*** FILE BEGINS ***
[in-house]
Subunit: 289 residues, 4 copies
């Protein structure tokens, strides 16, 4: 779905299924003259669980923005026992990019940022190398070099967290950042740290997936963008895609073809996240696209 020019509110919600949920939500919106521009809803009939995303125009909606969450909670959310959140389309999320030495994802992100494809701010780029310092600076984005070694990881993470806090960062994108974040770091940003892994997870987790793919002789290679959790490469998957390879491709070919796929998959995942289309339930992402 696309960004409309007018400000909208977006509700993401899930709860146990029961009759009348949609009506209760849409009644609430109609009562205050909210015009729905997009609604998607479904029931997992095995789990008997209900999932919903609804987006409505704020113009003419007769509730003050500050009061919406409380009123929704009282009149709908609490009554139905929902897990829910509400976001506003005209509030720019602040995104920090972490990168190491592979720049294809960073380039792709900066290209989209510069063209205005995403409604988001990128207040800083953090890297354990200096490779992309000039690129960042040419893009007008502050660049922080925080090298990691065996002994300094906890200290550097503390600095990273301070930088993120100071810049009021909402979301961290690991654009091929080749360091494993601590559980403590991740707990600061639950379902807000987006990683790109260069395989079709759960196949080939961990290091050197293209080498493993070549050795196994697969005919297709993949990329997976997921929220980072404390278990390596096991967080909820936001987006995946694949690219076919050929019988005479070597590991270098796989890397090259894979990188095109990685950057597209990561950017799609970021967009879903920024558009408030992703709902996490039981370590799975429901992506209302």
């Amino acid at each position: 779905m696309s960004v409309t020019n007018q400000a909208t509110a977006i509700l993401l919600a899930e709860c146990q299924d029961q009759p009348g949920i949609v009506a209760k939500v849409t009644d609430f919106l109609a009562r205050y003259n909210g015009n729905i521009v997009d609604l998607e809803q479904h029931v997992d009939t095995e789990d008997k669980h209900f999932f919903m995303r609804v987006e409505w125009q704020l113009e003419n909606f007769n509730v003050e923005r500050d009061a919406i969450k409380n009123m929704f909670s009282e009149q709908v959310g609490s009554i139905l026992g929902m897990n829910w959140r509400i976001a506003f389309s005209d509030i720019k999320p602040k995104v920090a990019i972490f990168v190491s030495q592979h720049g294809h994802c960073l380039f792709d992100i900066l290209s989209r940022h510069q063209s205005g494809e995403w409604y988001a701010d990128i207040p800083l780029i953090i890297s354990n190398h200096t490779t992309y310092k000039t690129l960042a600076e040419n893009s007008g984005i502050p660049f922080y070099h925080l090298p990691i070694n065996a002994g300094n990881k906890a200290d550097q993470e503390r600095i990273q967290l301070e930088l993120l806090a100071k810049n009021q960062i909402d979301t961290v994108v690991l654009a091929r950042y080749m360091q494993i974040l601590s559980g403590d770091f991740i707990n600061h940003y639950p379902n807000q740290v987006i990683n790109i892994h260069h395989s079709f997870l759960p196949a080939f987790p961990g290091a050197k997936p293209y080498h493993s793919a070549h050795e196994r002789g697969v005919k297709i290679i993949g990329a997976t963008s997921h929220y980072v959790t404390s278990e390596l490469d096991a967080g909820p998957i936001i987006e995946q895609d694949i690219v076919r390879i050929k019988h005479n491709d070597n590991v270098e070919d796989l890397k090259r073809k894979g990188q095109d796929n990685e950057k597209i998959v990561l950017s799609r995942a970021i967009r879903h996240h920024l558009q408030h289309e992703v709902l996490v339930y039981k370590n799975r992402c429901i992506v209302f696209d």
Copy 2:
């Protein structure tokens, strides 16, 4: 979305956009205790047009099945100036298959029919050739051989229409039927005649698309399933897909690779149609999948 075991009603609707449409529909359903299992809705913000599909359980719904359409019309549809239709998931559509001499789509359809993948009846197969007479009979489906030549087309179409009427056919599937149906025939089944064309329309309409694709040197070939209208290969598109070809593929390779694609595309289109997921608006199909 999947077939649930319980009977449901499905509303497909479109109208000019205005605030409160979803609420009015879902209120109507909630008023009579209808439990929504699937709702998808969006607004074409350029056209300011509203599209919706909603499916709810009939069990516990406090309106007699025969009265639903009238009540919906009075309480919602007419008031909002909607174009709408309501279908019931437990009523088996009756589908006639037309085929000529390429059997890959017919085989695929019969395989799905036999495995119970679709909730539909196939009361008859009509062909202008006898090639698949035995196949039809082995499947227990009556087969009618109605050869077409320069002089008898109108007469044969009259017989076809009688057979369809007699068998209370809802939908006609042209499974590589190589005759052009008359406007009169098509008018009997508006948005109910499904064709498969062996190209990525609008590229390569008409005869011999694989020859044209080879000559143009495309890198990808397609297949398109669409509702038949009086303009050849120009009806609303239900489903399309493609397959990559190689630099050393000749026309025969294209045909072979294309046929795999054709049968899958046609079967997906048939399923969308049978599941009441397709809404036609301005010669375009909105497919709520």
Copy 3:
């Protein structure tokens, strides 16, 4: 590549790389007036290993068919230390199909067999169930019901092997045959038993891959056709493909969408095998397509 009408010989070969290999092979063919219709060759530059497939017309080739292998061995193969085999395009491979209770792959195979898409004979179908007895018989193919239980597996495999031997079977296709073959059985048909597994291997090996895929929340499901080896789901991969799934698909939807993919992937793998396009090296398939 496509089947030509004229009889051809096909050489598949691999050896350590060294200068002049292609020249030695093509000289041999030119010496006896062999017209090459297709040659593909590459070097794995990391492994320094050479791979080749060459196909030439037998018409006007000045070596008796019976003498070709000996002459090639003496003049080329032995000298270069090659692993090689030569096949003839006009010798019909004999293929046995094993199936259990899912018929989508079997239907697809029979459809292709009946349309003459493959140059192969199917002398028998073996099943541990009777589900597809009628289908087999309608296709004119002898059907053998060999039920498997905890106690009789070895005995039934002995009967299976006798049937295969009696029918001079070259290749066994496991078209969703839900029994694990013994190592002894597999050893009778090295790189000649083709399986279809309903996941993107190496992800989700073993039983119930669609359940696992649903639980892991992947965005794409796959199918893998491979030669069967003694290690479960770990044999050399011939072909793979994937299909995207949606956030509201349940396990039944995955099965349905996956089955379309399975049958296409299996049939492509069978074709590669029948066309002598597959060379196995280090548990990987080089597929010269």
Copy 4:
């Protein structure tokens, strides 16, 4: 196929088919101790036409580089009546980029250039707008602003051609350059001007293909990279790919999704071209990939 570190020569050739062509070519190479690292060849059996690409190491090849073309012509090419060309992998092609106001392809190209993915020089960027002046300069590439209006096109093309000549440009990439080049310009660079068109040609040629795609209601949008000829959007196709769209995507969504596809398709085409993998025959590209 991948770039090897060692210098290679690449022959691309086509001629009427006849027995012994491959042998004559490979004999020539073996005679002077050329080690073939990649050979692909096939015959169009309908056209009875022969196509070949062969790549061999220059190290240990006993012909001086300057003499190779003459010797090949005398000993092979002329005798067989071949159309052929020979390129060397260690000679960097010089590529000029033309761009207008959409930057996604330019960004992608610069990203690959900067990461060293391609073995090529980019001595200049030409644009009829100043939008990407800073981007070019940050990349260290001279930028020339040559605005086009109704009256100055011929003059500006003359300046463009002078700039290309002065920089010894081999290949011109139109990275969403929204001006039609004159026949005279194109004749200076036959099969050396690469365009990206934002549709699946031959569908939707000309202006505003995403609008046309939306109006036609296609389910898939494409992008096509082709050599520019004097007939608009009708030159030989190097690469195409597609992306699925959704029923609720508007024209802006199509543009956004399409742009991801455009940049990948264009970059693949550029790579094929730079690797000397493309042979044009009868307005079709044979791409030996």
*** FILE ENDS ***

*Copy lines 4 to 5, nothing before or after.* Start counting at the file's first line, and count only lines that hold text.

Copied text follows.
């Amino acid at each position: 779905m696309s960004v409309t020019n007018q400000a909208t509110a977006i509700l993401l919600a899930e709860c146990q299924d029961q009759p009348g949920i949609v009506a209760k939500v849409t009644d609430f919106l109609a009562r205050y003259n909210g015009n729905i521009v997009d609604l998607e809803q479904h029931v997992d009939t095995e789990d008997k669980h209900f999932f919903m995303r609804v987006e409505w125009q704020l113009e003419n909606f007769n509730v003050e923005r500050d009061a919406i969450k409380n009123m929704f909670s009282e009149q709908v959310g609490s009554i139905l026992g929902m897990n829910w959140r509400i976001a506003f389309s005209d509030i720019k999320p602040k995104v920090a990019i972490f990168v190491s030495q592979h720049g294809h994802c960073l380039f792709d992100i900066l290209s989209r940022h510069q063209s205005g494809e995403w409604y988001a701010d990128i207040p800083l780029i953090i890297s354990n190398h200096t490779t992309y310092k000039t690129l960042a600076e040419n893009s007008g984005i502050p660049f922080y070099h925080l090298p990691i070694n065996a002994g300094n990881k906890a200290d550097q993470e503390r600095i990273q967290l301070e930088l993120l806090a100071k810049n009021q960062i909402d979301t961290v994108v690991l654009a091929r950042y080749m360091q494993i974040l601590s559980g403590d770091f991740i707990n600061h940003y639950p379902n807000q740290v987006i990683n790109i892994h260069h395989s079709f997870l759960p196949a080939f987790p961990g290091a050197k997936p293209y080498h493993s793919a070549h050795e196994r002789g697969v005919k297709i290679i993949g990329a997976t963008s997921h929220y980072v959790t404390s278990e390596l490469d096991a967080g909820p998957i936001i987006e995946q895609d694949i690219v076919r390879i050929k019988h005479n491709d070597n590991v270098e070919d796989l890397k090259r073809k894979g990188q095109d796929n990685e950057k597209i998959v990561l950017s799609r995942a970021i967009r879903h996240h920024l558009q408030h289309e992703v709902l996490v339930y039981k370590n799975r992402c429901i992506v209302f696209d």
Copy 2: